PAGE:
Strictly speaking, the construction of the wheel is not finished until the tire is wrapped around it. The rolling resistance of a wheel theoretically decreases with increasing diameter. Wheel diameter here means: the outer size of the inflated tire. Small wheels therefore have a higher rolling resistance, at least if the tire construction and tire pressure are identical. An example where this is clearly visible are the Swallow Stelvio tires; the rolling resistance of the 28 inch version is 40% lower than the 20 inch version.
The rolling resistance of wider tires is theoretically also lower, but because the tirepressure usually decreases, this advantage disappears again. Some manufacturers make multiple tire widths from the same design, e.g. 20, 23 and 25mm; in this case the 25mm version has a somewhat lower rolling resistance at the same pressure. In addition to rolling resistance, a tire also has air resistance and weight; here the narrow tire has the advantage!
The design of the tire (not visible and not easy to measure) and the pressure are the most important factors for rolling resistance. The least important value for the rolling resistance is the tire width! The number of wheels is theoretically unimportant; a tricycle, has a load per wheel that is simply 16.7% lower.
Note: there are very big differences between the various tire constructions; at the same pressure and tire width, one tire can have twice as high a rolling resistance as the other, due to a stiff and thick wall and tread. The most flexible tire is usually the lightest and smoothest running. This is not optimal in terms of punctures and wear.
The surface also counts: rough asphalt and bad road surfaces can more than double the rolling resistance! Especially for small wheels, the rolling resistance increases enormously on rough road surfaces. The rolling resistance coefficient Cr on a smooth concrete floor (e.g. a sports hall) for the following tires is approximately:
Clement Seta tubular 22mm at 8 bar =0,002 / Good racing tire 23 mm at 7 bar = 0,003 / ATB knobby tire 47 mm at 2,5 bar = 0,009 / Puncture-proof tire 37 mm at 5 bar =0,007 / Puncture-proof tire 37 mm at 3 bar = 0,010
On a regular road, 0,005 is a fair value for a good 23mm racing tire.
Certainly anti-puncture tires often have a relatively high rolling resistance; anti-puncture strips also provide extra rolling resistance. Even the choice for a (too) narrow rim gives a higher rolling resistance. Wider tires require wider rims; the inner size should be about half the tire width. The last two values show the importance of the tire pressure. This cannot be felt directly with stiff and fat tires; they have Cr values close to an ordinary car tire (0,011-0,012).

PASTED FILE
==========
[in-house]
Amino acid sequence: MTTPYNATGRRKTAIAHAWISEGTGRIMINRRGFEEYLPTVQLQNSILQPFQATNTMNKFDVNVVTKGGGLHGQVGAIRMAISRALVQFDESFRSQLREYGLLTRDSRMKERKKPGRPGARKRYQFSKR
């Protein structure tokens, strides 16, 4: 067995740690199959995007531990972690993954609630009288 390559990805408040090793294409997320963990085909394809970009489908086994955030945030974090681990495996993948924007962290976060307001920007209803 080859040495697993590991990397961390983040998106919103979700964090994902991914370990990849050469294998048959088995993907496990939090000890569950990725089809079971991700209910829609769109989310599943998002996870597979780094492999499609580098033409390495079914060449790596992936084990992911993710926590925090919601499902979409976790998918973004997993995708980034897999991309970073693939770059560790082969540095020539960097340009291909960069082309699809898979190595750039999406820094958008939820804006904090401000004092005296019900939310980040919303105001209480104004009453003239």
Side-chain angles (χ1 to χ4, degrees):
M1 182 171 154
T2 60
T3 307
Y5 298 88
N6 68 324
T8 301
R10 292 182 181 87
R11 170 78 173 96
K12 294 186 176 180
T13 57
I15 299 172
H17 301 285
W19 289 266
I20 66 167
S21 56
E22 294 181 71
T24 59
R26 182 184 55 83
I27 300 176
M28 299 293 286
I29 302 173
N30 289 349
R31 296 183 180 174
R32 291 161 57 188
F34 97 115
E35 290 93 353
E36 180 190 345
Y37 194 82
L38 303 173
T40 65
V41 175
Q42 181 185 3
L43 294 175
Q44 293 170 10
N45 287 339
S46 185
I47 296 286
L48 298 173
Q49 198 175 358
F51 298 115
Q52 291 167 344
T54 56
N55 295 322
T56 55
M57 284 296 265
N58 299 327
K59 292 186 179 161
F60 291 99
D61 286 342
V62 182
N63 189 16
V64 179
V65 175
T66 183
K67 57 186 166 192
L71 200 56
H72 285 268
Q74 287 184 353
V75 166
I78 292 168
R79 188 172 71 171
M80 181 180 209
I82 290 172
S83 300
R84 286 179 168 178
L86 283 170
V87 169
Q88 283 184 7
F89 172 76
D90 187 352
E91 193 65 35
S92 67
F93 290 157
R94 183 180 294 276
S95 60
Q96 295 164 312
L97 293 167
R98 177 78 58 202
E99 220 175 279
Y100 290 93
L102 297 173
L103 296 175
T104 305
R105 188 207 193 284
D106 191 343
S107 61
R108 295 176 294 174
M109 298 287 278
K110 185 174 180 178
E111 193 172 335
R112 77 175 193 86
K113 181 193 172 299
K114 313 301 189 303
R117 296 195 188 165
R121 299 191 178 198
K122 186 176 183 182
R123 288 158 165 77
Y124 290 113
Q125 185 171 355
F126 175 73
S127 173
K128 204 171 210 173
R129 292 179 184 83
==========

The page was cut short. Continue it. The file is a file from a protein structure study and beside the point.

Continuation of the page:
As indicated, these values are measured in the laboratory, on smooth concrete or on a large roll. Those figures are easy to reproduce for researchers; differences arise with any road surface. The temperature also has an influence: the colder, the stiffer the tire, the higher the rolling resistance.
The rolling resistance Rrol = m* g* Cr . For the power absorbed by rolling resistance, we must multiply this by speed v (in m / s) and divide by the efficiency of the drivetrain (95% = 0,95). Example: cyclist 70 kg + city bike of 20 kg with anti-puncture tires at 24 km / h: Prol = 90* 9,81* 0,007* 6,67 / 0,95 = 43W. Now put the same cyclist on a real 8 kg racer at the same speed: Prol = 78* 9,81* 0,003* 6,67 / 0,95 = 16W. Especially at low speeds the rolling resistance has a major impact!
In general, a hard-inflated tire will have a lower rolling resistance, but the soil is an important factor here. When we end up on a sandy path with our racing bike, we come to a halt within a few meters. The rolling resistance increases enormously; the deformation of the sand by our racing tires consumes so much energy!
When we ride on an asphalt road with an ATB and 2 bar in the knobby tires, it seems as if someone is permanently pulling our jersey. The deformation of the tires, by pressing on the contact point with the asphalt, consumes energy and thus produces a high rolling resistance. When we ride this bike from the tarmac onto the sandy path, we hardly notice any difference. The pressure per square centimeter of contact surface is much lower. The sand will not deform much, because the contact patch of the tire with the soil is much larger.
So the rolling resistance of the ATB knobby tires with 2 bar on sand is lower than that of the 8 bar Clement Extra Seta racing tubular. Bouncing can also cause significant energy losses. If you hit the cobblestones with rock-hard tires, this is clearly noticeable. In addition to loose bicycle parts and dental fillings, a lot of energy is lost. A slightly wider tire with a slightly lower pressure, keeps in contact with the road and will run lighter on cobbles than an eight bar super light racing tubular.
In FIG.1 we see the influence of the terrain on the rolling resistance of various types of surfaces of a 47mm semi-slick ATB tire. It can clearly be seen that the rolling resistance on the road decreases linearly with the increase in tire pressure. Softer surfaces have a higher rolling resistance due to deformation of the soil. In the sand (red line) the resistance increases faster than on the field road (the blue line is flatter). The narrower the tire, the steeper the red and blue curves rise. The minimum Cr in this case is 2,5 bar. This is also a pressure that is used by many ATB'ers; with wide tubeless tires, 0,5 or 1 bar less can be still ridable. If there is a lot of asphalt in the route, you can use a little more pressure; this also applies to a frozen surface.